Washington — The Sudanese foreign minister Ali Karti warned his peers at the ruling National Congress Party (NCP) that they may soon have to make decision on how deep they want their ties with Iran to be.
According to the London-based Al-Hayat newspaper the issue was brought up during a recent meeting of the NCP's external relations sector stirring controversy.
"Is it in the strategic interest of Sudan in its external relations [with the world] to bolster ties with Arab Gulf states to obtain financial and economic assistance and expand investments or strengthen them with Iran for reasons related to the nature of the projected shifts in Israeli-Iranian conflict in the region?" the Sudanese top diplomat said in his non-public remarks at the meeting.
Karti went on to say that a decision on the matter could affect Sudan and make its "back exposed" should it be forced to take sides in any confrontation involving Iran.
But the meeting failed to offer guidance to Karti, the report said and the meeting got heated during the discussions prompting a walkout by several participants.
Al-Hayat also disclosed that Tehran presented an alliance proposal to Khartoum for the purpose of "protecting" the Red Sea. The presidency, foreign ministry and NCP have yet to respond back with their position.
In July 2011, the Iranian defense minister Ahmad Vahidi was quoted by Fars news agency as emphasizing that the Red Sea is an important part of his country's security strategy.
Vahidi said that as part of this strategy, Iranian naval ships are present in the Red Sea.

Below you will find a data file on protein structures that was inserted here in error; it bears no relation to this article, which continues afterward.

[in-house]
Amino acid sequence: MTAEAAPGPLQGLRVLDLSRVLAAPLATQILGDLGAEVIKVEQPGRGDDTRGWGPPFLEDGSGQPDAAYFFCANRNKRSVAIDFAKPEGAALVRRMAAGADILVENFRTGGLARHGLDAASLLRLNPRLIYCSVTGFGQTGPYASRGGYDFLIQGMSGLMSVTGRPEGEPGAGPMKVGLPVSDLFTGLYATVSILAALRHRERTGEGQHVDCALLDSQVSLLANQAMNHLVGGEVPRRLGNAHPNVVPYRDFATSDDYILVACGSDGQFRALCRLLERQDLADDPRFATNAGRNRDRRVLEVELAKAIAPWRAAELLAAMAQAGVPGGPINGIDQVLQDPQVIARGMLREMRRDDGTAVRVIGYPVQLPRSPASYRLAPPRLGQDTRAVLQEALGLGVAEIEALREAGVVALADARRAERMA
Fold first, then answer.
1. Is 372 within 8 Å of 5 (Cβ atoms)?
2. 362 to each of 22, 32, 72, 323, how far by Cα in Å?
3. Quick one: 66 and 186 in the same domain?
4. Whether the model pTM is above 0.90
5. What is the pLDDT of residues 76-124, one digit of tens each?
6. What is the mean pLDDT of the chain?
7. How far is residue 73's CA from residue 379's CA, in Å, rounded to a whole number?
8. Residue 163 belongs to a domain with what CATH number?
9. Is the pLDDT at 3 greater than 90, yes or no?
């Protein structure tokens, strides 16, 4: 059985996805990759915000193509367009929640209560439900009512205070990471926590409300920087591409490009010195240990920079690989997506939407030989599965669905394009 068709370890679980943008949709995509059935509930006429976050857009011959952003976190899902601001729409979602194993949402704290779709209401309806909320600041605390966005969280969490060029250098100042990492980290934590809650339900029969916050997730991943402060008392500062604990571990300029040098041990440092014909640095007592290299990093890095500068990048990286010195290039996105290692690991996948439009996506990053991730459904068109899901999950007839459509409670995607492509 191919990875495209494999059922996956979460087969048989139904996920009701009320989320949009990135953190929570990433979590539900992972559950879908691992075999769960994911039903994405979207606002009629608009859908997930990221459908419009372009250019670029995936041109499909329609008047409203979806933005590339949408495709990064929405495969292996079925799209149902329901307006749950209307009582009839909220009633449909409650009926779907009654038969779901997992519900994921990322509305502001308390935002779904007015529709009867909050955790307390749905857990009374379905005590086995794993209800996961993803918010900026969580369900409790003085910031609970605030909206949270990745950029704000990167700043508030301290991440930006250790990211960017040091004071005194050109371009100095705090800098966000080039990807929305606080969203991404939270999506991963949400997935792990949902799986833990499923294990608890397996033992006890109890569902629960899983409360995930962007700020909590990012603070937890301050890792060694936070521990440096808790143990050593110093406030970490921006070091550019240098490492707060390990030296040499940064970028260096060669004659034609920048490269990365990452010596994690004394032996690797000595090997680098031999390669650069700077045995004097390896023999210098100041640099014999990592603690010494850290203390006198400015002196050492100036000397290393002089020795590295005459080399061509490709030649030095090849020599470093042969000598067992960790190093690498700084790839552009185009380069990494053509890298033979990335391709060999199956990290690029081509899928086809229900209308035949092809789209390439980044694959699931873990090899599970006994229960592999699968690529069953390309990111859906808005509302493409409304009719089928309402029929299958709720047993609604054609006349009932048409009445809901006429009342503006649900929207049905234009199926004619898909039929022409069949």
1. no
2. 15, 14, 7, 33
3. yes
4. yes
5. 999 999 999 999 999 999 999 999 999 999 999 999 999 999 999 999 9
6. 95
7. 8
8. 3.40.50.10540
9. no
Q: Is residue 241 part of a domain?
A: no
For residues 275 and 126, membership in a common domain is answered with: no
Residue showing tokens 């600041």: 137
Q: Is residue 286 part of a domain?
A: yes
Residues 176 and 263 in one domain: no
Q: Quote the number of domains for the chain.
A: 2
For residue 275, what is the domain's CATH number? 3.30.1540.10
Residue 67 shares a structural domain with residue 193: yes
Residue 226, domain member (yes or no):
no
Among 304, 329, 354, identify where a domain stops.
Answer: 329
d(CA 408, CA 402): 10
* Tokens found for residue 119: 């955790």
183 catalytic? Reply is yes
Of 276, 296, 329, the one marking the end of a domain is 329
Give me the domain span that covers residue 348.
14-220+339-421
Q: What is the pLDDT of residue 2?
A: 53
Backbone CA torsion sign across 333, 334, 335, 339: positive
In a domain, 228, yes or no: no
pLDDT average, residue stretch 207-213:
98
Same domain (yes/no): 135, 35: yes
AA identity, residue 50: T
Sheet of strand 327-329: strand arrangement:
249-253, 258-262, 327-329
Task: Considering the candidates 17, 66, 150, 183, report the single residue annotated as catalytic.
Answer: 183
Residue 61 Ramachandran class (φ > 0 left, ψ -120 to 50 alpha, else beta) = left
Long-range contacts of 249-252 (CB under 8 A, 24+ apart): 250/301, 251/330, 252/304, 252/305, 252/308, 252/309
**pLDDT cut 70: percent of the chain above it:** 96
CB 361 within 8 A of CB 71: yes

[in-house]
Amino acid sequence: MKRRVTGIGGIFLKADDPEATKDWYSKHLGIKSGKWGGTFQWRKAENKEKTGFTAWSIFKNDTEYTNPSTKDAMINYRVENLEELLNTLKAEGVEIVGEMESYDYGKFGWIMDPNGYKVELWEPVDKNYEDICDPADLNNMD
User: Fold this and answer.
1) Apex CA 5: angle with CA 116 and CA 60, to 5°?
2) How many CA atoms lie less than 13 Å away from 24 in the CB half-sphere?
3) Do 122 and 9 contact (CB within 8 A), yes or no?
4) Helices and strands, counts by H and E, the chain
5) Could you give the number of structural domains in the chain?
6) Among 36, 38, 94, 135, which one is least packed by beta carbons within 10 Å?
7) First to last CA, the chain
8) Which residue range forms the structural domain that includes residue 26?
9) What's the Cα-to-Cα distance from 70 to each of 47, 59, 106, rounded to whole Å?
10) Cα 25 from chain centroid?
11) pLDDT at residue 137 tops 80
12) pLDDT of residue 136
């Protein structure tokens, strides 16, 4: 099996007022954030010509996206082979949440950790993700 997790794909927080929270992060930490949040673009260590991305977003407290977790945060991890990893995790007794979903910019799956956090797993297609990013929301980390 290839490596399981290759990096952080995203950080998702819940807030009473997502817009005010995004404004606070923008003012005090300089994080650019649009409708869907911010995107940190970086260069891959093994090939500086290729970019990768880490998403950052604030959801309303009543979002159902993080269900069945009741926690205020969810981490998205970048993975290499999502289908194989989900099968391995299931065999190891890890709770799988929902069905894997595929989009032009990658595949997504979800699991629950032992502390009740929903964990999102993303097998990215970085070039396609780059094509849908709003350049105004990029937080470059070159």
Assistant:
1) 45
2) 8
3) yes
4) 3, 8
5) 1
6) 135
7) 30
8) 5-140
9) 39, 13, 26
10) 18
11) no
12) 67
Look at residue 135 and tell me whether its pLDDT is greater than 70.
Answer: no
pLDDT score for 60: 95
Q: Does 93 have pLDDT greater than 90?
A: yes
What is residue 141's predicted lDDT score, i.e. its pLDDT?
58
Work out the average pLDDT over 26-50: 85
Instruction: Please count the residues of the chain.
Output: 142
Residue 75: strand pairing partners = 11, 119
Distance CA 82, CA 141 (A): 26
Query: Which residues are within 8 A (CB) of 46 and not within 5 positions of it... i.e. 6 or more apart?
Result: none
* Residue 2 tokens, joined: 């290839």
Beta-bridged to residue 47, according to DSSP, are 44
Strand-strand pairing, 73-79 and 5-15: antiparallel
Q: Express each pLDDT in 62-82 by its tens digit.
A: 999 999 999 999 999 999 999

News of rifts within the NCP on the country's relationship with Iran comes a week after Sudan blamed Israel for an airstrike at the Yarmouk arms factory in the south of Khartoum.
Although the Jewish state refused to confirm or deny involvement, analysts and military experts believe that Israel likely acted to target a cache of weapons that was to be smuggled via Egypt to Gaza strip which is now controlled by Hamas.
The Satellite Sentinel Project, a U.S. monitoring group, released pre and post-explosion imagery over the weekend which suggests that the target may have been 40 shipping containers that were present days before the suspected Israeli airstrike took place.
The group said the six 52-foot-wide craters, all centered at the spot where the containers had been, were consistent with an airstrike and that whatever it hit was a "highly volatile cargo," causing a powerful explosion that destroyed at least two structures in the compound and sent ordnance flying into nearby neighborhoods.
The Sudanese government vehemently rejected suggestions that the factory was built or operated by Iran and accused Israel of leaking "misleading information".
"Iran does not need to manufacture weapons in Sudan, be it for itself of for its allies" the foreign ministry said this week.